There must be sources in the world around us enabling us to imagine this model plausibly. I can suggest two such sources, medicine and ecology. I do not want to argue that they hold the solution to all the problems but rather that they give us hints of what a solution would look like were it able to root itself in a technoscientific culture.
Medicine does not conform to the pattern of neutral scientific-technical rationality. It combines knowledge and value in the concepts of health and healing. In this it exemplifies a relatively undifferentiated concept of reason. Healing implies realizing a potential of the organism. That potential is called health. Health is a state of the body which medicine cannot produce. It can only help internal forces within the body to develop in a positive direction. And it is significant that "do no harm" figures prominently in the Hippocratic oath. Once again we encounter the Greek peras, the concept of limit. Here it is related to the fact that the human body provides the criteria of medical action. It must be protected and preserved. Its integrity governs medical practice. In this medicine differs profoundly from technological projects based on breaking things down into raw materials and recombining them at will. Could something like this medical approach be generalized?
The emergence of ecology at the intersection of science and public concern suggests that this is possible. The science of ecology explains the many interdependencies of organisms in the environment, but it offers no reason to prefer one state of nature to another. The public purpose of ecology is the protection of nature within limits set by the wellbeing and survival of a wide variety of species and human beings. These two natures are not precisely the same. The nature of public policy is informed by science but it is the human environment as we experience and transform it. We are concerned with its beauty and “health” as well as with strictly scientific considerations. For example, the pollutants that most concern us are the ones dangerous for human beings, and the pathos of species extinction only touches us when the creatures in question are close biological relatives or possess qualities we find extraordinary. This is reasonable. To favor the development of a humanly livable environment should not be dismissed as mere egoism because humans share so much with other life forms that our survival and prospering inevitably favors that of many other species.
Environmental reform requires overcoming disciplinary barriers between sciences, communication barriers between ordinary people and experts, and the organizational independence of corporations and government agencies. All these forms of differentiation favor the destruction of the environment either through narrowness of conception, experience or goals. Biology must not be isolated from engineering. The opinions of citizens engaged with local problems such as waste disposal and pollution must not be ignored by the experts charged with responsibility for finding solutions. And business must not be allowed to profit from destruction of the environment but must respect the public good.
Connections must be made between these differentiated fragments. This is a task at many levels, cognitive, social, political. The aim is not to return to more primitive forms of knowledge and social relations but to mediate modern ones in a productive synthesis. This process must issue in practical decisions guided by the life requirements of some feature of the environment, for example, a river or species, the “health” of which is at issue. Its survival is contingent on overcoming the isolation of various specialized knowledges and narrow organizational goals. This amounts to the institutionalization of the concrete object as a criterion of knowledge and practice much as the requirements of the human body form the basis of medicine.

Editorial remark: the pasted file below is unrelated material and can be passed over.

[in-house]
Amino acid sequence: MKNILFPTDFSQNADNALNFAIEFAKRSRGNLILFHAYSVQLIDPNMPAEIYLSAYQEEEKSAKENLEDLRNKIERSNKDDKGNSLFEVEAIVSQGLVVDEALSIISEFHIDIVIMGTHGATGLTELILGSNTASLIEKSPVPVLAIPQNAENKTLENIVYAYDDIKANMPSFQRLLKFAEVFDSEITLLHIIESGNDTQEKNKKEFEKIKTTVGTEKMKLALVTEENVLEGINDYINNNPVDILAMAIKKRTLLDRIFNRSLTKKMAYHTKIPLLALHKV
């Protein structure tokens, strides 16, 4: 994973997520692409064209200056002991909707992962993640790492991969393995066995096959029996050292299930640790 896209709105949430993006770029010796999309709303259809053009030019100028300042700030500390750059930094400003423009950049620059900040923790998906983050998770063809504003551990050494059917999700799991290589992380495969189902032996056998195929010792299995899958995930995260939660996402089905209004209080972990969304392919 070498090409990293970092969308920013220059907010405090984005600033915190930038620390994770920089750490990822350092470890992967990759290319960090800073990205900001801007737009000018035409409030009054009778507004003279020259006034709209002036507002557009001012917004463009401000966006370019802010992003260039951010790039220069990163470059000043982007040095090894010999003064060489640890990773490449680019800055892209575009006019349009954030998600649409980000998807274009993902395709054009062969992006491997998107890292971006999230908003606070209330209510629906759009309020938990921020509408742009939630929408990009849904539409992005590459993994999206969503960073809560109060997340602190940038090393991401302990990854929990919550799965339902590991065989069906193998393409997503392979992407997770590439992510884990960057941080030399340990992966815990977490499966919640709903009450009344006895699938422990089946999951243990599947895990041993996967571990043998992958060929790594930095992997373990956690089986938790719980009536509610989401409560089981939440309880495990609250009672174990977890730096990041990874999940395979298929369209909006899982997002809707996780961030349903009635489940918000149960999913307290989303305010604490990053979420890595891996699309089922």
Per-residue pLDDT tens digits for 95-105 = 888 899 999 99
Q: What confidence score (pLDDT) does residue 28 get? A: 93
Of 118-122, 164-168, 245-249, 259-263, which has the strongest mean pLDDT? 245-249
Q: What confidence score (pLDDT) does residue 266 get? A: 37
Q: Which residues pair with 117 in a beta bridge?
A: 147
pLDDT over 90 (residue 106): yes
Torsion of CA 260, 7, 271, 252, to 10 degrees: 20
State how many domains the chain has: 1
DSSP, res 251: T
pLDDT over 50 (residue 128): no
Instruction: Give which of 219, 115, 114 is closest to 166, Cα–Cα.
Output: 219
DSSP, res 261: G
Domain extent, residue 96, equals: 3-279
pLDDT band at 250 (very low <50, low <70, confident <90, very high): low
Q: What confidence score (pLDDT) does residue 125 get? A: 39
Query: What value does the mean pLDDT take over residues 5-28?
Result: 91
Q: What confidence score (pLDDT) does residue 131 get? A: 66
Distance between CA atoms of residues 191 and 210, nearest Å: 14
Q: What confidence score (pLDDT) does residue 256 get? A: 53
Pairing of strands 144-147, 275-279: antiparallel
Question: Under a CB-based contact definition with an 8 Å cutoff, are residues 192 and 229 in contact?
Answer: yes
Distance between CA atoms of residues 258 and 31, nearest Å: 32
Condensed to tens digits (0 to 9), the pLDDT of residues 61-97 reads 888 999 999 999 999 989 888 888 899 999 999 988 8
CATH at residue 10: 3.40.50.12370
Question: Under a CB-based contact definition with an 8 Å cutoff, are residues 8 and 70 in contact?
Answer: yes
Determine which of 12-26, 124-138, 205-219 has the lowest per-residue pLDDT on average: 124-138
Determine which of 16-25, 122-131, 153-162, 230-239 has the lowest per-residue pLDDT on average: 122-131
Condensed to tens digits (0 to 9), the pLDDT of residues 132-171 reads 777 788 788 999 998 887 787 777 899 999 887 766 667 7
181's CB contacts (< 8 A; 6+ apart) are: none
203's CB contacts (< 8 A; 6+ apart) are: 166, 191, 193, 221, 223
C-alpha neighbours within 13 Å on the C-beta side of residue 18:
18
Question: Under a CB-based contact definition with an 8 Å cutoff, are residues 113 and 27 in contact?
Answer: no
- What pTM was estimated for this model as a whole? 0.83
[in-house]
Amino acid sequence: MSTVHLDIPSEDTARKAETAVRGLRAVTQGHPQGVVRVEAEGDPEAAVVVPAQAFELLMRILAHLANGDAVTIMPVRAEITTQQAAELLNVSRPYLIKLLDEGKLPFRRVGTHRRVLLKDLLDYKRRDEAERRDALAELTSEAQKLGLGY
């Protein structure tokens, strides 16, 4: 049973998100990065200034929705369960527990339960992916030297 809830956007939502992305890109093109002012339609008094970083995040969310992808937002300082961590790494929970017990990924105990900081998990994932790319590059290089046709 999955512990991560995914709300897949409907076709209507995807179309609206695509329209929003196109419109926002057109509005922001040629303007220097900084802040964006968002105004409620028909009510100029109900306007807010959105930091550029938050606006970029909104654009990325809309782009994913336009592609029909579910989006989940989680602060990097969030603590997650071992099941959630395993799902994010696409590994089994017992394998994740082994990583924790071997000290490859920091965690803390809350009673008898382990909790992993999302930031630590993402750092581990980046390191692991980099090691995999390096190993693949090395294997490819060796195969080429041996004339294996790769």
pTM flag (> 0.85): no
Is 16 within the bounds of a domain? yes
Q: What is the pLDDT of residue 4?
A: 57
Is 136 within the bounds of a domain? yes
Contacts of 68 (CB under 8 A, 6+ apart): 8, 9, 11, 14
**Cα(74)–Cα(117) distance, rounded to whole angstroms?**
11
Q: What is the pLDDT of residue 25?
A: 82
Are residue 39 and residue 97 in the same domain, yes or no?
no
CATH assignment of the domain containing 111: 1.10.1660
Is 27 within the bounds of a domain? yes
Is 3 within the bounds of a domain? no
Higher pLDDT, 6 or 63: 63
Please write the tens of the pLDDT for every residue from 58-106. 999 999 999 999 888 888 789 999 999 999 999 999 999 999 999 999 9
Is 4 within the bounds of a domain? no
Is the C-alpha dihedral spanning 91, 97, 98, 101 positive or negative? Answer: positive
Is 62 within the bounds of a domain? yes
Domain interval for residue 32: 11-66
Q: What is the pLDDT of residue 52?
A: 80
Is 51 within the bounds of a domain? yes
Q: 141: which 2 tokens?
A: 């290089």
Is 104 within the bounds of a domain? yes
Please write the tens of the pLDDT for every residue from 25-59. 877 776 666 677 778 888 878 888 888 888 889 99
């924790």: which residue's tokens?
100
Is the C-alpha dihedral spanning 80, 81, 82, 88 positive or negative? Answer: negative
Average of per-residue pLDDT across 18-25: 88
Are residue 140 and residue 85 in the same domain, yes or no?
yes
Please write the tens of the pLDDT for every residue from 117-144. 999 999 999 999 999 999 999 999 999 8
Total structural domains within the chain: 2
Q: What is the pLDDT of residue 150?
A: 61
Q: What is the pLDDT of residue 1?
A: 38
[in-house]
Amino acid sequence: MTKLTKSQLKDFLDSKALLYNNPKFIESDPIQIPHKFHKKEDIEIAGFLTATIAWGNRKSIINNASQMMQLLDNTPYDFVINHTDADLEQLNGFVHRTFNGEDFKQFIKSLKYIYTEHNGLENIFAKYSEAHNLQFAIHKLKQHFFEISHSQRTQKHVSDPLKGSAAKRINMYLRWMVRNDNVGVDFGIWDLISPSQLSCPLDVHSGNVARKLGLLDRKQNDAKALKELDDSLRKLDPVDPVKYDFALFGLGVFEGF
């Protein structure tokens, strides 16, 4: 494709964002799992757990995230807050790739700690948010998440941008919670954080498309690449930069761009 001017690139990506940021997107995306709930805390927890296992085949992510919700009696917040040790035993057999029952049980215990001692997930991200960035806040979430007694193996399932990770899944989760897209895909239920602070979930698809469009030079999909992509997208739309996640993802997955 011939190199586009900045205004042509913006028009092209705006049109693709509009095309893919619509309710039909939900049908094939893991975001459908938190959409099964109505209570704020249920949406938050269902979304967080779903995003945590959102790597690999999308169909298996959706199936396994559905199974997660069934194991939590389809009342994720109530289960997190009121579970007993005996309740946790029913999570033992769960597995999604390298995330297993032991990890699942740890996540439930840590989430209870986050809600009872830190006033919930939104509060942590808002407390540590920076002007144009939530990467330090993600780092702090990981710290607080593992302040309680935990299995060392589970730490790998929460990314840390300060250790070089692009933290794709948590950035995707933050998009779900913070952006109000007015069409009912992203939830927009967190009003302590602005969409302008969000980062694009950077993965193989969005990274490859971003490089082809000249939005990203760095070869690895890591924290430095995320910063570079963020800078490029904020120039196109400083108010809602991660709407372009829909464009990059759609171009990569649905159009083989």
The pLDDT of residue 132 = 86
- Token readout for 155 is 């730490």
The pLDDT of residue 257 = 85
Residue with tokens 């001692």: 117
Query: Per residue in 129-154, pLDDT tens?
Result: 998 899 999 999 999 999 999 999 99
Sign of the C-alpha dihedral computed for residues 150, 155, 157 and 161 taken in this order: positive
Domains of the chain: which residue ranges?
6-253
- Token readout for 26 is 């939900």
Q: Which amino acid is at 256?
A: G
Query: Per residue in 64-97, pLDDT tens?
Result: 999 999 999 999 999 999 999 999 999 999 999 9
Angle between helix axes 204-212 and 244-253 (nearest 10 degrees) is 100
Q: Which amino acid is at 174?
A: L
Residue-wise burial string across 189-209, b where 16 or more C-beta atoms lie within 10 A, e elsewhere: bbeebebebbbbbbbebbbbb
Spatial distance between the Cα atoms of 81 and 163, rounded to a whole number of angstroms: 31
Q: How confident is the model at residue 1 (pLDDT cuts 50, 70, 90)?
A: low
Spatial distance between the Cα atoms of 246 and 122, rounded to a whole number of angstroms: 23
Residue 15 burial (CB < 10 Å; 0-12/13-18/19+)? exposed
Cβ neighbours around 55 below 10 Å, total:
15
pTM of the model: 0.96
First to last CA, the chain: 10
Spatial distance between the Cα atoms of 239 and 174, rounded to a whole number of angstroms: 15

Were modern technology committed apriori to a vision of the good life based on the harmonious development of human beings and nature, the range of choice in design and goals would be restricted. It would no longer be value free. A life-affirming technology of this sort would be bound to a mission much as are medicine and ecology today. And like these fields it would have to work with the potentialities of its objects rather than dominating them to suit narrow extrinsic ends such as profit and power.
With these models we recover some aspects of the traditional concept of essence but not its cultural rigidity. The negative side of essence, the notion of limit, is secured by our knowledge of the limits of the human body and nature. This establishes the boundaries within which the creative activity of human making must go on. We may determine scientifically what not to do in order to save a forest or a coral reef, but science cannot tell us what to do with the resource thus liberated. Nor can tradition inform our decisions. In this we moderns are left on our own. We must decide what to do in terms of our imaginative sensitivity to the requirements of the good life. This is the precondition for freedom and the free development of human beings in history.
Heidegger and Marcuse proposed radical critiques of technology that go far beyond the clichés with which we are familiar. Their formulations open up a space for fruitful reflection even if we cannot find satisfactory solutions in their work. That task is left to us. We have an advantage: a far richer experience of technical politics than was available to these precursors. Perhaps out of this experience constructive responses will come to the challenges to modernity they raised so provocatively.